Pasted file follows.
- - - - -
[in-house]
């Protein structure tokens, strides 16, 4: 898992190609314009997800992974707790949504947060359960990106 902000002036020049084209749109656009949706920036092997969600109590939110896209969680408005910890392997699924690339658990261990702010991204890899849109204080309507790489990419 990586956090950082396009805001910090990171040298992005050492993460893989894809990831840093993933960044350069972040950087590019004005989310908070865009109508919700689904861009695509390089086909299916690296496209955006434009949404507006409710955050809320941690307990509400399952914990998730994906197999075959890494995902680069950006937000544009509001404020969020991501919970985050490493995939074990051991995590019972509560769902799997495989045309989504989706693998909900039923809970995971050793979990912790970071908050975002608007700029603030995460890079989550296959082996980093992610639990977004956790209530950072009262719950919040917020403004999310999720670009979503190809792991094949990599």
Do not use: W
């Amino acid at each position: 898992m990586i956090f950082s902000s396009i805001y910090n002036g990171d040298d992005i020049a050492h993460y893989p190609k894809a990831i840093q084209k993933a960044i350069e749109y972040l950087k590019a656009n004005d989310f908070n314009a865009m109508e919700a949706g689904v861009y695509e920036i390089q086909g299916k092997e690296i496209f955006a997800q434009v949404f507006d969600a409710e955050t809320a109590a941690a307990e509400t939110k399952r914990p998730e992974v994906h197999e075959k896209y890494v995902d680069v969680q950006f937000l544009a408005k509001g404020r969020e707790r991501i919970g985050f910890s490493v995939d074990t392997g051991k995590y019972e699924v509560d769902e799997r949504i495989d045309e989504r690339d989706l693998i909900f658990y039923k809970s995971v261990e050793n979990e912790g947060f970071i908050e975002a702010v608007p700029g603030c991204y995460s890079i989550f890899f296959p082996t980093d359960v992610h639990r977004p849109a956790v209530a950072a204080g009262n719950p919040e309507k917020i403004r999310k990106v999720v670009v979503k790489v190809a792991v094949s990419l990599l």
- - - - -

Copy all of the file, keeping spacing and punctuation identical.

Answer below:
[in-house]
């Protein structure tokens, strides 16, 4: 898992190609314009997800992974707790949504947060359960990106 902000002036020049084209749109656009949706920036092997969600109590939110896209969680408005910890392997699924690339658990261990702010991204890899849109204080309507790489990419 990586956090950082396009805001910090990171040298992005050492993460893989894809990831840093993933960044350069972040950087590019004005989310908070865009109508919700689904861009695509390089086909299916690296496209955006434009949404507006409710955050809320941690307990509400399952914990998730994906197999075959890494995902680069950006937000544009509001404020969020991501919970985050490493995939074990051991995590019972509560769902799997495989045309989504989706693998909900039923809970995971050793979990912790970071908050975002608007700029603030995460890079989550296959082996980093992610639990977004956790209530950072009262719950919040917020403004999310999720670009979503190809792991094949990599």
Do not use: W
């Amino acid at each position: 898992m990586i956090f950082s902000s396009i805001y910090n002036g990171d040298d992005i020049a050492h993460y893989p190609k894809a990831i840093q084209k993933a960044i350069e749109y972040l950087k590019a656009n004005d989310f908070n314009a865009m109508e919700a949706g689904v861009y695509e920036i390089q086909g299916k092997e690296i496209f955006a997800q434009v949404f507006d969600a409710e955050t809320a109590a941690a307990e509400t939110k399952r914990p998730e992974v994906h197999e075959k896209y890494v995902d680069v969680q950006f937000l544009a408005k509001g404020r969020e707790r991501i919970g985050f910890s490493v995939d074990t392997g051991k995590y019972e699924v509560d769902e799997r949504i495989d045309e989504r690339d989706l693998i909900f658990y039923k809970s995971v261990e050793n979990e912790g947060f970071i908050e975002a702010v608007p700029g603030c991204y995460s890079i989550f890899f296959p082996t980093d359960v992610h639990r977004p849109a956790v209530a950072a204080g009262n719950p919040e309507k917020i403004r999310k990106v999720v670009v979503k790489v190809a792991v094949s990419l990599l």